Niels Bohr And The Theory Of The Atom

1500 Words 6 Pages
History of the Theory of Atoms
Before the age of modern technology, theories of the atom were still created. Most notably was Democritus who was thought of as being the start of modern science when he first came up with the idea of the atom. It was not until J.J. Thomson changed the way atoms were understood with the discovery of the electron. It was not soon after when Ernst Rutherford disproved Thomson’s model with his gold foil experiment. Finally, Niels Bohr built off Rutherford’s gold foil experiment to explain the placement of electrons in an atom. These men and many more all helped pave the way to the modern theory of the atom.
Democritus was an ancient philosopher in Greece. Democritus believed that atoms were indivisible and indestructible.
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Niels Bohr studied under Ernest Rutherford. Niels Bohr used a combination of Rutherford’s description of the nucleus and the current theory of quanta to help create his model4. With the information at hand, Niels Bohr created his model. First, Bohr stated that electrons traveled in different orbits around the small positively charged nucleus. This is not the most compelling part of the model. Bohr’s model, however, explains the properties of the elements based on the outer most numbers of electrons. This is called the valance shell. Bohr’s model is basically giving levels for each electron. However, the last shell just needs to be filled to achieve a full valance. This can be explained by using the periodic table of elements. The noble gases are inert because they have a full valance shell. Once an atom is full it will stop its reactionary traits. This model is still used to today to explain the atom in a simplistic way. Conversely, this theory has been disproven. The issue with Niels Bohr’s model is that the electrons still orbit the nucleus like planets do to the sun. This issue basically discards Bohr’s theory to be the most accurate representation of the …show more content…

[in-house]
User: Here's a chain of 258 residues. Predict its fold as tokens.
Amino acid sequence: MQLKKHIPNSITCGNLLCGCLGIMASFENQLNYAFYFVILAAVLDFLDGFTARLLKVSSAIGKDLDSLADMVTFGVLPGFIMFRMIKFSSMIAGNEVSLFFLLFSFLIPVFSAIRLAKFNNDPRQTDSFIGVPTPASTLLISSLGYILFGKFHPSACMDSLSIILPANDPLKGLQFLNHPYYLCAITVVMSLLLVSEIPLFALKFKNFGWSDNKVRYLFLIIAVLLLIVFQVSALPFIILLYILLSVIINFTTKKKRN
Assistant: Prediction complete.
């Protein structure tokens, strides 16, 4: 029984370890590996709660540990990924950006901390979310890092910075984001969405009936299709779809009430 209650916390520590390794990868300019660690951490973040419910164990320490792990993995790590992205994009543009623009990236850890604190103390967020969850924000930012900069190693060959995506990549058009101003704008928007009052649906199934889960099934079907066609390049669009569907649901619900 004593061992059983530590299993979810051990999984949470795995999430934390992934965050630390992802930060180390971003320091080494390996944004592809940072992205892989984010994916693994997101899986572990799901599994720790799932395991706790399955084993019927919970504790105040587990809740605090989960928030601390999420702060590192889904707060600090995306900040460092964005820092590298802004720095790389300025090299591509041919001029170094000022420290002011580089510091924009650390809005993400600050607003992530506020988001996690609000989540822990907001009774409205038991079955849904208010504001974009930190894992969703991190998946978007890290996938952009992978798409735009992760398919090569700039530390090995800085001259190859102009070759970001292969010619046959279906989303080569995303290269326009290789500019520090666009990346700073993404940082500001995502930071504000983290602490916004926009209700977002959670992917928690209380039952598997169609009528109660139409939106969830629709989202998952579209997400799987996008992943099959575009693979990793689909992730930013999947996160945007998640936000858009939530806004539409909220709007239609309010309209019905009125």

As technology progressed so did the curiosity of the human on the theory of what made the universe. J.J. Thomson then changed the way in which atoms were understood when he discovered the electron and indirectly discovered the proton. Which led to the plum pudding model. However, this model would come under fire. Not soon after, his pupil Ernst Rutherford would disprove his model by discovering the positively charged nucleus with his gold foil experiment. The discovery of the nucleus disproved the plum pudding model and gave way to the nuclear model. Then, Niels Bohr, student of Ernst Rutherford, would then help explain the characteristics of elements and atoms by the discovery of valance electrons and the levels of charge. Even though Bohr does not have the right model, it is still used today to help teach the valance electrons. The correct representation of the atom, the cloud model, is an extreme explanation to the question of what makes up the

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